China’s pharmaceutical industry is undertaking a critical transformation toward high-quality and innovation-focused development, reflected by the explosion of new drug and clinical trial approvals in recent years, China Daily reported.
The transformation is being driven by factors such as a rapidly aging society, higher healthcare demands, drug regulation reforms, and increased investment inflows, according to global consultancy firm McKinsey.
“Healthcare is one of the most exciting sectors in China, growing above 10 percent annually,” said Franck Le Deu, a senior partner at McKinsey. “We expect more and more new drugs will come from Chinese companies.”
He made the remarks during a media conference recently in Beijing and stressed China’s faster approval process for clinical trials and new drugs, and the”4+7″ volume-based tendering policy, are having a big impact on the pharmaceutical market structure in China.
In late 2018, Chinese authorities launched a national centralized procurement pilot program in four municipalities and seven local cities, commonly known as the 4+7 volume-based tendering policy, with an aim to slash drug prices and deepen reforms in the healthcare sector.
Earlier this month, the National Healthcare Security Administration issued a notice to extend the pilot work to more cities and provinces, the report said.
In the first round of the pilot program in early 2019, 31 drugs were listed for centralized procurement across all public hospitals in the 11 cities, and a successful bidder on a particular drug had the entire guaranteed purchase amount.
In practice, centralized procurement will be about 60% to 70% of the annual drugs purchased by public hospitals in the pilot regions, according to an article published on the State Council’s website.
The centralized procurement is open to all approved companies that can produce drugs on the procurement list in the Chinese mainland. However, a selected drug, if a generic, must pass the consistency evaluation on quality and effectiveness against its original drug.
Clinical effects, adverse reactions, and batch stability of the drugs will be considered during the tendering, and their consistency will be the main criteria for evaluation, while production capacity and stability of the supplier will also be considered, the article said.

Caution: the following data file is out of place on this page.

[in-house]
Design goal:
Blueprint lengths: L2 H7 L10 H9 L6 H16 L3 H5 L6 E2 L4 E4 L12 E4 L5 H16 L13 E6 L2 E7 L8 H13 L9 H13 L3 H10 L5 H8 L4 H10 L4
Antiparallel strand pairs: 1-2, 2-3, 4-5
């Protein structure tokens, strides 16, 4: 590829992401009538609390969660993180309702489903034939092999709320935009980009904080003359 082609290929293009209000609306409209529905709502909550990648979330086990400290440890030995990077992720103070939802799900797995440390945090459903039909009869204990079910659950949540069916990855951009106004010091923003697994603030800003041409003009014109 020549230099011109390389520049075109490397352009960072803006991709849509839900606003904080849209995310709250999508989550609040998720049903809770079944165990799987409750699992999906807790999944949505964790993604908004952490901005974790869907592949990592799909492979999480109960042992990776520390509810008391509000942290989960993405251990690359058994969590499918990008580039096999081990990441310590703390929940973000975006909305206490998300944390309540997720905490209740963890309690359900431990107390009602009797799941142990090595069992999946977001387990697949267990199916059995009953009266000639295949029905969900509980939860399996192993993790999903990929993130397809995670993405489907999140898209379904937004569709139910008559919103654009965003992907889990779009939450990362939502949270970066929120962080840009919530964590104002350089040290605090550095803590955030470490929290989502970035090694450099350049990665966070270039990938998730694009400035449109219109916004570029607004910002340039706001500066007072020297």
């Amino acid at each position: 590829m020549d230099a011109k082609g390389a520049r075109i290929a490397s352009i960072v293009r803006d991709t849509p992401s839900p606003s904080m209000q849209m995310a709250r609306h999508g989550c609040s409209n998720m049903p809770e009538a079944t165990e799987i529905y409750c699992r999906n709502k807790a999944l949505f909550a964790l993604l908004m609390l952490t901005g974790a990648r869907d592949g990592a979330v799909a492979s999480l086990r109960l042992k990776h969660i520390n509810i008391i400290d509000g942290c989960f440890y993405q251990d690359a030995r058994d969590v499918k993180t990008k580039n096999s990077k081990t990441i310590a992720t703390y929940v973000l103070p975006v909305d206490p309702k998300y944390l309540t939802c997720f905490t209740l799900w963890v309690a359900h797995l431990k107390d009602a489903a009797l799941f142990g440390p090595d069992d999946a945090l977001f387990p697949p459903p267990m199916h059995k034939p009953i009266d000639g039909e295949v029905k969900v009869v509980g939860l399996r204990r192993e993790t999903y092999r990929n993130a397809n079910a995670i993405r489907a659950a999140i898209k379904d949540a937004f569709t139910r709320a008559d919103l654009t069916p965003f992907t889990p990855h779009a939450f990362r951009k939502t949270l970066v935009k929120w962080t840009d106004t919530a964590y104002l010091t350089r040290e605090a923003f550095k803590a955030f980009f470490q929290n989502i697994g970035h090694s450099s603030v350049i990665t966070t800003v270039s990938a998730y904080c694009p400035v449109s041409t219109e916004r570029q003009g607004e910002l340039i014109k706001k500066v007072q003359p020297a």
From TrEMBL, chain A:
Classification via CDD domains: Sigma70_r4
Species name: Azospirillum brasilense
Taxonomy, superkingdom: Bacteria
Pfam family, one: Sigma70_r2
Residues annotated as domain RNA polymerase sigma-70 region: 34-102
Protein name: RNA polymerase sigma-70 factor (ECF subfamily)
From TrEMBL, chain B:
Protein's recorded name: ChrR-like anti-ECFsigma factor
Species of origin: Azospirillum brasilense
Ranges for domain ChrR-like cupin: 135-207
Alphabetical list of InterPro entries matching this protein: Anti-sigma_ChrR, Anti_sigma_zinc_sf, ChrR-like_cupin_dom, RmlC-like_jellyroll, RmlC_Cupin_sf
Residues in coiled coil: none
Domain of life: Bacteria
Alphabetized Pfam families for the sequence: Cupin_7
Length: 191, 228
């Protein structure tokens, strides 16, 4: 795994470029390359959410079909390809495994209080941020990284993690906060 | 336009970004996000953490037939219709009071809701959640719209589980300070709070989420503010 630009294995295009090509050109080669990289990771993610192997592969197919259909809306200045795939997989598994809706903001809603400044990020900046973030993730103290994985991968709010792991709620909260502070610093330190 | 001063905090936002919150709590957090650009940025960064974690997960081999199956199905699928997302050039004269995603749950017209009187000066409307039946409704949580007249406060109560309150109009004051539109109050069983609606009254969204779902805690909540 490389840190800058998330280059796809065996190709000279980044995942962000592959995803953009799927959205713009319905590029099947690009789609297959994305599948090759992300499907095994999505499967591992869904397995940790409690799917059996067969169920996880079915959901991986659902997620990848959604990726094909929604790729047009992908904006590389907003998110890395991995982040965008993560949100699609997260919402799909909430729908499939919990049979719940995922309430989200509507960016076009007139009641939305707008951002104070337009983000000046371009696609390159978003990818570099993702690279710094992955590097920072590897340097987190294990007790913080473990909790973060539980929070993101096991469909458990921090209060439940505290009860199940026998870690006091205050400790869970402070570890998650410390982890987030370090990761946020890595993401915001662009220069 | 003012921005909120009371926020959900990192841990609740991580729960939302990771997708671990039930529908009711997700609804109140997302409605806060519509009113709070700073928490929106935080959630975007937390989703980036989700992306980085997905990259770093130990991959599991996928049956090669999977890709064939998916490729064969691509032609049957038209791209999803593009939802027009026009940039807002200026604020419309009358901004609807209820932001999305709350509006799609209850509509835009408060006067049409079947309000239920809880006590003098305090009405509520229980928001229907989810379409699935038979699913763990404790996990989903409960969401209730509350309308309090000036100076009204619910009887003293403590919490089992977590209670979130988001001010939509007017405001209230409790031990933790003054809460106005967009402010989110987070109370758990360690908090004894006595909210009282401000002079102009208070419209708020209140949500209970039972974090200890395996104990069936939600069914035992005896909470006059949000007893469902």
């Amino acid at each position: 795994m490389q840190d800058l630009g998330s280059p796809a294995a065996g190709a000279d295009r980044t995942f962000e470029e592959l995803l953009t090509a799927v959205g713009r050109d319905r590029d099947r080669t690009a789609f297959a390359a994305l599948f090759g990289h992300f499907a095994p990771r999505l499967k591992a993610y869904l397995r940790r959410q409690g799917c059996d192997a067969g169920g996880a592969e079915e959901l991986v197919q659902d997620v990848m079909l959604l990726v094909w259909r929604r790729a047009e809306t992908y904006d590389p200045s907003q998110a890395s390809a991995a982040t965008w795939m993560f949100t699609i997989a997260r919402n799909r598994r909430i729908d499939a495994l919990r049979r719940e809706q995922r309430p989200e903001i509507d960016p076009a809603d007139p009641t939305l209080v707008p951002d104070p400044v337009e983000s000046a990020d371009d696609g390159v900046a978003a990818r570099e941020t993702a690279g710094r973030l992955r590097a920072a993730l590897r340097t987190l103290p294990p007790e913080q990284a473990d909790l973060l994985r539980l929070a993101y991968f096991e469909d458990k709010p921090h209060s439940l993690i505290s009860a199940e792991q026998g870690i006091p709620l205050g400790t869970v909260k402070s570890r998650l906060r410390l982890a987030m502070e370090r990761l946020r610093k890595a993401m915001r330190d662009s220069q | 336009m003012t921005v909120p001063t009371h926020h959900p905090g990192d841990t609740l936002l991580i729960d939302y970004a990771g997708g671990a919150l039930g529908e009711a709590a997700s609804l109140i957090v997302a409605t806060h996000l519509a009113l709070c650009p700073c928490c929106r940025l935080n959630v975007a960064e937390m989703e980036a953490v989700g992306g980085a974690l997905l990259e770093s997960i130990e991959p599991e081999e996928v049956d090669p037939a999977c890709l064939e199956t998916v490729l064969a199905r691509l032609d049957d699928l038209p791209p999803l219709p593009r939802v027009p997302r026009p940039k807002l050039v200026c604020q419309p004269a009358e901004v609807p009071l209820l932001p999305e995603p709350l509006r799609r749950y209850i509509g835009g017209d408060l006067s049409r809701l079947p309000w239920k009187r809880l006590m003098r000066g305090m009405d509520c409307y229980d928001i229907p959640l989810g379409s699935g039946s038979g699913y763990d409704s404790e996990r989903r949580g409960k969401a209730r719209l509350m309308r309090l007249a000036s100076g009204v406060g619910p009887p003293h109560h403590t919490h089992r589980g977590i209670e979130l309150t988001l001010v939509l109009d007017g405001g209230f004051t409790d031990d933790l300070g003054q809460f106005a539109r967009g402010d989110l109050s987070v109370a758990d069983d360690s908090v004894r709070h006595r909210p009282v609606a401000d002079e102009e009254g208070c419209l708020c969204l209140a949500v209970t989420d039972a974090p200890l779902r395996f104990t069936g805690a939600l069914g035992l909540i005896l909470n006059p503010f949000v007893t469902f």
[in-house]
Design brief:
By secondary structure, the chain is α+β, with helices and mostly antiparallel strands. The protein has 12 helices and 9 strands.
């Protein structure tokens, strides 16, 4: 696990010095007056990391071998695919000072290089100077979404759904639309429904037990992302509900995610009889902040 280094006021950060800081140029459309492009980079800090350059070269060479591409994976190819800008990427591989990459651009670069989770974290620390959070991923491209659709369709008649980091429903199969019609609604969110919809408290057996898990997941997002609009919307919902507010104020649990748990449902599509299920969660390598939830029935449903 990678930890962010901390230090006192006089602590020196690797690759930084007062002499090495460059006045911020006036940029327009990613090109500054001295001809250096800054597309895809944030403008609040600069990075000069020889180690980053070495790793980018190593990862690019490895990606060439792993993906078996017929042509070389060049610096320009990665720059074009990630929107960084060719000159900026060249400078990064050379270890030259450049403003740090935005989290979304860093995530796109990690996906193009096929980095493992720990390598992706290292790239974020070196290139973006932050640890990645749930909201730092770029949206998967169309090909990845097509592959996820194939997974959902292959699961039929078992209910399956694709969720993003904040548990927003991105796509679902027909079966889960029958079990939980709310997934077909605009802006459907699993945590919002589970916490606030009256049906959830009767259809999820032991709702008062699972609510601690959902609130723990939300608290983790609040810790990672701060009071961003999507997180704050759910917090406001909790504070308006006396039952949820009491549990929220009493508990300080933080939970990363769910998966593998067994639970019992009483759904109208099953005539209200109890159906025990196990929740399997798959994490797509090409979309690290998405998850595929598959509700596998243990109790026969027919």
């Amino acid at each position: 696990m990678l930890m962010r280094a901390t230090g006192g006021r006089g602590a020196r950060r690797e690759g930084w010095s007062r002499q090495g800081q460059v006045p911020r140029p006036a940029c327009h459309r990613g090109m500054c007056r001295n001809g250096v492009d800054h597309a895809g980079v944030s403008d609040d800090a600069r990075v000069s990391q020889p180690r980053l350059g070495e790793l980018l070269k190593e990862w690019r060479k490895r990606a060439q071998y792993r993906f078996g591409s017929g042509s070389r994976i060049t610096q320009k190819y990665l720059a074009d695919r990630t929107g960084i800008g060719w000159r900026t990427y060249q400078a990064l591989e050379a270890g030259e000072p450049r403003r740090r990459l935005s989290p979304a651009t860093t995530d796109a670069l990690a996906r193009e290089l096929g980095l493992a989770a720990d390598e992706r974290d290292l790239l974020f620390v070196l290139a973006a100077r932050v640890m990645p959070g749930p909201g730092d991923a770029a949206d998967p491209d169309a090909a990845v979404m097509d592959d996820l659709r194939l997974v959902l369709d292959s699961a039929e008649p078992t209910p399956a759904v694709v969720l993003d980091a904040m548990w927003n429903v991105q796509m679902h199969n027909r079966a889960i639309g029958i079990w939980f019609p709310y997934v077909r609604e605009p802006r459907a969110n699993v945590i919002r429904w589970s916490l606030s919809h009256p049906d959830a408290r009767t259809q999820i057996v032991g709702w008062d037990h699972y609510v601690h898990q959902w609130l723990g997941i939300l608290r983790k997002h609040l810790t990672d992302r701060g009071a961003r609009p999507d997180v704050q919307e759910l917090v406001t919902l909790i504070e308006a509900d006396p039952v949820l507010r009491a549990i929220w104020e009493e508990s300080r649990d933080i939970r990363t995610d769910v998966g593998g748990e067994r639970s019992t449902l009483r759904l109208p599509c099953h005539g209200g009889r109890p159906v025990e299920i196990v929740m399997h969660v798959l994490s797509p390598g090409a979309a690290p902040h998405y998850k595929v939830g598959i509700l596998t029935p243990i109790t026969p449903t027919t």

Zhou Gaobo, a partner at the firm, said the new landscape in China’s pharmaceutical market has been contoured by government reforms. He urged Chinese companies to upgrade production and management for better cost control, increased product quality and higher production capacities, as well as to invest heavily on research and development to transition more to innovative drugs, if they want to survive the fierce competition.
The new environment also offers new standout chances for competent companies, he said.
Since 2016, investment in China’s medical and pharmaceutical sector has reached US$103 billion, studies from the company showed.
The company’s studies also showed new pharmaceutical products are being brought to the China market faster due to related policy reforms, and more are from Chinese companies.
In 2016, only 17% of new drug applications in China were granted fast-track review, and in 2018, the figure rose to 74%.
According to Hou Lei, also a partner at the firm, China’s innovation capacity in the pharmaceutical sector has increased considerably since 2015, in terms of registration administration, market entrance, investments, talents, local innovation and internationalization.
“Most Chinese companies start with generics as a market follower, and now many are trying to flip their product portfolios for more innovative drugs with increased efforts,” she said.
“There have been me-too and me-better drugs from Chinese companies, and it is only a matter of time before Chinese companies produce first-in-class and best-in-class drugs.”